Senior Product Designer, Team Lead
SUMO mobile apps
2016 – 2018
The first product in the SUMO family was built for the PC game, League of Legends. It helped players of the game to evaluate their gaming skills, get in-game guidance and analytics for their last matches.
All of the insights were generated by analyzing the raw data coming from the game developer´s api and subsequently communicated in an easy-to-grasp way to the user.
This concept was so well perceived by the target audience that the app was successfully monetized and further iteration of this concept was put into development for another popular game—DOTA 2.
Unlike League of Legends, DOTA 2 offered much less lenience in the way of data accessibility, which lead to the beginning of a system of split-testing across the SUMO product family. This allowed us to release different feature sets that addressed various complexities in the development process and, from this, we learned many best practices that benefitted the entire family of products.
After further definition and fine-tuning of the design language we were able to quickly realize similar products with different features but the same look and feel.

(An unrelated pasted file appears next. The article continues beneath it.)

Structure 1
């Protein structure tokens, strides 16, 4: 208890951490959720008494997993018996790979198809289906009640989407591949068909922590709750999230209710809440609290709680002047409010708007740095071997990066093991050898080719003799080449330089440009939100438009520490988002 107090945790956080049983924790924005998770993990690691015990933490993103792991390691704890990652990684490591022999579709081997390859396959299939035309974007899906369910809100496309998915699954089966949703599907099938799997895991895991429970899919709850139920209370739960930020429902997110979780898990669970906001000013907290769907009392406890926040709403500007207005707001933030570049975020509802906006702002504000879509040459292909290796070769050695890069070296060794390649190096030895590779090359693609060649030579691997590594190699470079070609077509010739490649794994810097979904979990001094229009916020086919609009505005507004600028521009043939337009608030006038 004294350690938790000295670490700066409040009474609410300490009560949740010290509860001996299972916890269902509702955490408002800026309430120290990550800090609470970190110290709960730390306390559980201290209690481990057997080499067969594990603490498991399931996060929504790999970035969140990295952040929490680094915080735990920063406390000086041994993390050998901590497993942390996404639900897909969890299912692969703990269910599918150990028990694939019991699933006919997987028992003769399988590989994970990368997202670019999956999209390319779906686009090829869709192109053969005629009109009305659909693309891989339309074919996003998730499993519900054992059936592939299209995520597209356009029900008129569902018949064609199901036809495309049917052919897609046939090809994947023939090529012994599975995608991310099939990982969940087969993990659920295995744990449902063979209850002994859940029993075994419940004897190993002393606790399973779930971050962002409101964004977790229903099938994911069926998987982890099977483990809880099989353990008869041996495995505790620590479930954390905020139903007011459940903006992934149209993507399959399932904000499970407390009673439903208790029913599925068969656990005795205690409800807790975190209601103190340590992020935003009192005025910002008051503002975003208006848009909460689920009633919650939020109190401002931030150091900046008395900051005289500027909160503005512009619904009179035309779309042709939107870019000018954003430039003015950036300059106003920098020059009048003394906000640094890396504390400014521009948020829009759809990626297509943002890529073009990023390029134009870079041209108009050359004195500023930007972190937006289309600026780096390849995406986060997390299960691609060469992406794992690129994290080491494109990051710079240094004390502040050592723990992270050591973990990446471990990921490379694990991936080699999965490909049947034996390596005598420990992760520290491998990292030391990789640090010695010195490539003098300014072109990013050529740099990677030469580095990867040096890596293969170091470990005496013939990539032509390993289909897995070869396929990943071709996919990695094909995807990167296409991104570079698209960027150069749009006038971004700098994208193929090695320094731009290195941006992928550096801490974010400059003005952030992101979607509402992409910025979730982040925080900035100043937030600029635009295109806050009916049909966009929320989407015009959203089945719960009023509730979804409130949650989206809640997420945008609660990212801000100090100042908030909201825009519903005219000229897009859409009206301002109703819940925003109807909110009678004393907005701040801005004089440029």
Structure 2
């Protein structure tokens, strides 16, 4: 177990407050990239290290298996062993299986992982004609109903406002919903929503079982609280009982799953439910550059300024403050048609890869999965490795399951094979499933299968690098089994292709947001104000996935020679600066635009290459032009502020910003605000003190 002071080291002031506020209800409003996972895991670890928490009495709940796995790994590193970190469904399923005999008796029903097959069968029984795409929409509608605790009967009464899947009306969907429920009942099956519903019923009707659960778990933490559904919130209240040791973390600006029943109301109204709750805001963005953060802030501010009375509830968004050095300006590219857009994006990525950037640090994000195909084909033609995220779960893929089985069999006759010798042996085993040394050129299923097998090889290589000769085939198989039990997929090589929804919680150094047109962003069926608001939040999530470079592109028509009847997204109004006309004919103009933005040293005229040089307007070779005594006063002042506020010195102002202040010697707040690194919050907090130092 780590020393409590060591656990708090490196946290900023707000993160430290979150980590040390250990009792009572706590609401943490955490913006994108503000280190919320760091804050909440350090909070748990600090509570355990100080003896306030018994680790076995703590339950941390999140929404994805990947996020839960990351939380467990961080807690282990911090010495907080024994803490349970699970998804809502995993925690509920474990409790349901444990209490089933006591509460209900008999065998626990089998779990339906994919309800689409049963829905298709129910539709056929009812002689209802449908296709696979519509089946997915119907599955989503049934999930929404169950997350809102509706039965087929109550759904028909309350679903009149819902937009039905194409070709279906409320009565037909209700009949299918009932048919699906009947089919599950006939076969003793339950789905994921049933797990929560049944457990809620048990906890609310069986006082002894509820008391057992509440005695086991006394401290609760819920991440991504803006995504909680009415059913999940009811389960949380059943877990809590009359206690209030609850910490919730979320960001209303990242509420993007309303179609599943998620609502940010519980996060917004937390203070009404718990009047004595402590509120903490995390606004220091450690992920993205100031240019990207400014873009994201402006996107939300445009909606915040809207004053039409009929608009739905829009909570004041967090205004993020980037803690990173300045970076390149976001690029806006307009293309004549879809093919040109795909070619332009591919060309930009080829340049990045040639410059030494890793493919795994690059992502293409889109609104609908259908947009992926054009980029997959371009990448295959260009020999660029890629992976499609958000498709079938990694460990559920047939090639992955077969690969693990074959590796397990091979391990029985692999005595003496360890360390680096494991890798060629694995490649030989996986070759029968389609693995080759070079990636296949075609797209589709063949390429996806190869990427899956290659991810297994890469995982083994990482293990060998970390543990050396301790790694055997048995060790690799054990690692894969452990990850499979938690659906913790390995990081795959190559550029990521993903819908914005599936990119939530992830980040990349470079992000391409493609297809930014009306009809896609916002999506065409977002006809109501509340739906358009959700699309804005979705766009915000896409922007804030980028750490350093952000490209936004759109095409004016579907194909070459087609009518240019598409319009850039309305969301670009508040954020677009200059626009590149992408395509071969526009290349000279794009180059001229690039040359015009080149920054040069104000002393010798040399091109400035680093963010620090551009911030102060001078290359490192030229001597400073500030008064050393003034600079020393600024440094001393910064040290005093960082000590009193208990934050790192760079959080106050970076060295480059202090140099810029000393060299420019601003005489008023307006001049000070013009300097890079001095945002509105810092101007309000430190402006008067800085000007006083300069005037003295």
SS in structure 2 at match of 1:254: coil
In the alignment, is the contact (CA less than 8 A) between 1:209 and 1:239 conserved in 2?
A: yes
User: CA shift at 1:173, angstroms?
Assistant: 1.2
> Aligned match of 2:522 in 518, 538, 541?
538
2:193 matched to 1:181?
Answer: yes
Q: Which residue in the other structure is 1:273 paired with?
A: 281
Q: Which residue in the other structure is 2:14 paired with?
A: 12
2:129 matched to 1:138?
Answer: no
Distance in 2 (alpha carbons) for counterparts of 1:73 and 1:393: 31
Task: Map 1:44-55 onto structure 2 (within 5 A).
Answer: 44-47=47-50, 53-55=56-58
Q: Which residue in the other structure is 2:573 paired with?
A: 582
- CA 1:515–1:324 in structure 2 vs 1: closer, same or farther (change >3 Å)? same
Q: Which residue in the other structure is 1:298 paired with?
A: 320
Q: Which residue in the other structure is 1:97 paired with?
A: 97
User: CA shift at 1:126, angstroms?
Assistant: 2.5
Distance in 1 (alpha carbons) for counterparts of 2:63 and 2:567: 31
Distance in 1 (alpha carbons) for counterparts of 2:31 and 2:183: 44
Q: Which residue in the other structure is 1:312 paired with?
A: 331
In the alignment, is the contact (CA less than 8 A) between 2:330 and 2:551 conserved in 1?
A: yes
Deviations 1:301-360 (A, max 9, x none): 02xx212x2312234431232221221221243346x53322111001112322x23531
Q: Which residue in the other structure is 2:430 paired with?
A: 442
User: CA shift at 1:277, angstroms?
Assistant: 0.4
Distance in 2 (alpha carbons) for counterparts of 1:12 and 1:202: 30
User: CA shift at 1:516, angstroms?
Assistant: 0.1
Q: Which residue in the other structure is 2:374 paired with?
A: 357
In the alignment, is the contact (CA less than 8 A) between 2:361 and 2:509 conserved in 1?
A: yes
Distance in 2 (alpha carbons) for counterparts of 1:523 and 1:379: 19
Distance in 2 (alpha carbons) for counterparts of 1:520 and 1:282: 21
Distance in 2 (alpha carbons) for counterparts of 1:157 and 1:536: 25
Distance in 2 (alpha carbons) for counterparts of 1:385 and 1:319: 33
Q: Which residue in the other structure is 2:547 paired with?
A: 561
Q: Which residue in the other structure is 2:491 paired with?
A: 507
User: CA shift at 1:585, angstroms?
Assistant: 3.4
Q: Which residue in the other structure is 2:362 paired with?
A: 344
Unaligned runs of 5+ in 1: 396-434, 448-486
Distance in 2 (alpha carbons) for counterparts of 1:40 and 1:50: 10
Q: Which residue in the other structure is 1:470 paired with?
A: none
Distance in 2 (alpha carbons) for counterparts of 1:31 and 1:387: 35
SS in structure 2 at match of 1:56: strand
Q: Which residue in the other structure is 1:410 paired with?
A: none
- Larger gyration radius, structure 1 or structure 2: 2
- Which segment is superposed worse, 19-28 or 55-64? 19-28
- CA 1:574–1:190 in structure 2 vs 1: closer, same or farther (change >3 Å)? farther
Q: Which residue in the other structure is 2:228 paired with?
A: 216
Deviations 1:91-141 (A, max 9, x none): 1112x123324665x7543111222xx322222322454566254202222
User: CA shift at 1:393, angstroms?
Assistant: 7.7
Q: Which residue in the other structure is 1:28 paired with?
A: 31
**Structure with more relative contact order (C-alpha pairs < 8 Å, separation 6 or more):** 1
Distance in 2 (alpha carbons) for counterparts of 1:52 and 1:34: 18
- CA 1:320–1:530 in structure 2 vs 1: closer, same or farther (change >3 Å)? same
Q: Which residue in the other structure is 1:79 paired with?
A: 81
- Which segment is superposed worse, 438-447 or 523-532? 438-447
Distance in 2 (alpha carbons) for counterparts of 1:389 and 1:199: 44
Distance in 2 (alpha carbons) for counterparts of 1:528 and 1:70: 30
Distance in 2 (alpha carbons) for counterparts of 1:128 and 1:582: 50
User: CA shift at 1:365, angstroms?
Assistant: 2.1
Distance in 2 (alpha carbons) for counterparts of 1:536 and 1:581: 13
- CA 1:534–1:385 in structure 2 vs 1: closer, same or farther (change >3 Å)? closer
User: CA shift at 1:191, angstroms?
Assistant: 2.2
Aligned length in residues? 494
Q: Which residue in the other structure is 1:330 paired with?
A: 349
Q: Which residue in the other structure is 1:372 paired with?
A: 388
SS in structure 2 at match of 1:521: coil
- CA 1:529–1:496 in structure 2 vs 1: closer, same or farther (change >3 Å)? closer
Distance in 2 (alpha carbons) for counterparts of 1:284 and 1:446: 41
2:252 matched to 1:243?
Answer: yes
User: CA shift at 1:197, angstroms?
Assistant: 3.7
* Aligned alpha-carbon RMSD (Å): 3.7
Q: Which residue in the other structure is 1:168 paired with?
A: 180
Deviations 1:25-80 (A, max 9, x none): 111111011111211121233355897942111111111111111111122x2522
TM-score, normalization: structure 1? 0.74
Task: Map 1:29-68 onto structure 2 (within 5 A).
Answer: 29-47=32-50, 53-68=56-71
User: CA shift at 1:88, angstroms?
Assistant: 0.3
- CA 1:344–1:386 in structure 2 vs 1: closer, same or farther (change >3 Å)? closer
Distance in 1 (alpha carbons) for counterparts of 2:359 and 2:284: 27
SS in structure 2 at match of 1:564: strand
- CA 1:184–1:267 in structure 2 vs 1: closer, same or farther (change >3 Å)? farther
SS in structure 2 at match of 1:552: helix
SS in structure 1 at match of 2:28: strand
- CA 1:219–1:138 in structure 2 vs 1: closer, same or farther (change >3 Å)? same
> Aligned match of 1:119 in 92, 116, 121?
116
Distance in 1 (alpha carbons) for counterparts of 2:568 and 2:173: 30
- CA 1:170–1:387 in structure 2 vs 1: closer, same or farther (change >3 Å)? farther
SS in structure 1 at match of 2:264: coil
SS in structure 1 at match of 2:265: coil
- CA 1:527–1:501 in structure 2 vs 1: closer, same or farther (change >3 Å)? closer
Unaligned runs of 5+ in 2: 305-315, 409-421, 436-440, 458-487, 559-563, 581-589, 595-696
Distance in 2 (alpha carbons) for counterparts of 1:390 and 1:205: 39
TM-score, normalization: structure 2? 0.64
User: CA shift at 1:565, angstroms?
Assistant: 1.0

The third product and probably the one with the deepest data insights from our side, was built for a rising star in the gaming community—Overwatch.
As the sole Designer for this product—and supporting resource for the older family products—there was a lot to learn about clear documentation, unification and information architecture so that the user experience could be kept as unified as possible.
Tons of brain power, dedication and time went into this product and labor of love. Fortunately enough, the users were loving it so much, that we went for another monetization round, since the visual execution of the first one (LOLSUMO) was also done by me.
The app itself got a dedicated upselling page where a lot of explanation and justification needed to happen since we went for a more aggressive price point to target the Tier A markets that dominated our product´s users.
We also went for a paywall approach that "locked" the most valuable and freshly introduced features that were specifically focussed on a data-based deepdive behind various upsell overlays (besides the usual ad removal service of course).
Our biggest issues for this product family lie in mainly two areas: the time-consuming development of a third party game app whose game then also needed an unusually long live-cycle AND the fact that gaming data still is owned by the game developer itself and is,therefore, a seldomly shared good.
Both factors lead to the decision to slowly but steadily drop the SUMO product family into maintenance mode, stop feature development and instead focus on a more shallow but wider horizonal platform approach.
This platform pivot idea required a lot of refocussing as well as brand- and user-adapting thought processes and workshops. The result can currently be seen in the Zack.ai portfolio page.
For a better introduction into the basic idea behind OVERSUMO´s stats-based coaching, please enjoy this draft of a marketing video created with the assistance of an external agency.